Is it possible to say 'where is he go to college' instead of 'where did he go to college'?

closed as off-topic by Em., Andrew, shin, Varun Nair, StoneyB Sep 15 '17 at 21:50

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  • What are you trying to ask? – userr2684291 Sep 14 '17 at 13:12
  • Sometimes I hear people say the first sentence although the mean the second one. But sounds wrong... – Chris Sep 14 '17 at 13:22
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    No, you don't. You hear Where does he go to college?, but people often append the beginning /d/ phoneme to the previous word (or elide it entirely or some such), so you end up hearing something akin to Where(d) uz he go to college?, which you misinterpret as you've shown. As written, your first sentence is incorrect. – userr2684291 Sep 14 '17 at 13:27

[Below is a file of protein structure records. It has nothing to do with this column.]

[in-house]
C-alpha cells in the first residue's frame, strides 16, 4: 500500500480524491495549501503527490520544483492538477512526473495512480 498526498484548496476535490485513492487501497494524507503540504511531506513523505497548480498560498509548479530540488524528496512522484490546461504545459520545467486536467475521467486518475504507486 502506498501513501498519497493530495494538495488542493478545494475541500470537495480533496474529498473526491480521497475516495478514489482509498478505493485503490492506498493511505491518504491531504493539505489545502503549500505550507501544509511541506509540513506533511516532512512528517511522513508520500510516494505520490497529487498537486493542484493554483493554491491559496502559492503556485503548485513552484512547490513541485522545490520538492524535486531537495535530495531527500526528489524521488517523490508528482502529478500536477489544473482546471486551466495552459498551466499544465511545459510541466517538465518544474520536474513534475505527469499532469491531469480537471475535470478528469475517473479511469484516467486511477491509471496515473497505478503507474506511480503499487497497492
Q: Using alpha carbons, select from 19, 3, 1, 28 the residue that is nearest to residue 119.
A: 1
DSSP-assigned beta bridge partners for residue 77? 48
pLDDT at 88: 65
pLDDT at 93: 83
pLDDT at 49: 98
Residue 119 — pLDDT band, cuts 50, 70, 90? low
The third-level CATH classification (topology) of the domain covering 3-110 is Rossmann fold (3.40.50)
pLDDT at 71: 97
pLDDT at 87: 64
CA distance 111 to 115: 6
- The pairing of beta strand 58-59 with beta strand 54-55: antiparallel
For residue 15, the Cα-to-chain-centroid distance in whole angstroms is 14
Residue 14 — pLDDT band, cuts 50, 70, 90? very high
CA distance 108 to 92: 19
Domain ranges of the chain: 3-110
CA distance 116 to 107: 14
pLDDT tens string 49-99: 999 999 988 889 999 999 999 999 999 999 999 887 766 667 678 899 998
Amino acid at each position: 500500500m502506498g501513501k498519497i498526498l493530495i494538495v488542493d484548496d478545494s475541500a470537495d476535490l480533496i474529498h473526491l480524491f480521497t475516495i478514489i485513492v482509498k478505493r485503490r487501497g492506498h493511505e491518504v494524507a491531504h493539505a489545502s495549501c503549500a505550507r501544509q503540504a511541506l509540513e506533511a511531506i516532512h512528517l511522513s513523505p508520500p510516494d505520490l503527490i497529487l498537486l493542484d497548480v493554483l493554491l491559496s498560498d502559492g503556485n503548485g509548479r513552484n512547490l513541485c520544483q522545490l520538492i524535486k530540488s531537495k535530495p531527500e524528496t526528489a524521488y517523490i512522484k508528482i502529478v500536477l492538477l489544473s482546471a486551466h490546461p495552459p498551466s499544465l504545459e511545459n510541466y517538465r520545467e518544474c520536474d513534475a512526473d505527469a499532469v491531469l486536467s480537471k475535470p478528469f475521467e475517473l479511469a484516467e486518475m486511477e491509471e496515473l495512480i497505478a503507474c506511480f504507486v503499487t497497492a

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    I'm voting to close this question as off-topic because it's based on a misheard sentence. – Andrew Sep 14 '17 at 14:07
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    I agree with userr2864291. You misheard "Where does he go to college?** using the simple present tense, or possibly "Where is he going to college?" using the present progressive. "Where is he go" is not grammatical. – Andrew Sep 14 '17 at 14:09

The use of 'is' should be reserved for when it's the present tense i.e. Where is he going to college? (implying you believe he's still attending college and hasn't graduated). Alternatively, you could say Where does he go to college.

The use of 'Did' is for, when you believe the college attending happened in the past i.e. Where did he go to college?

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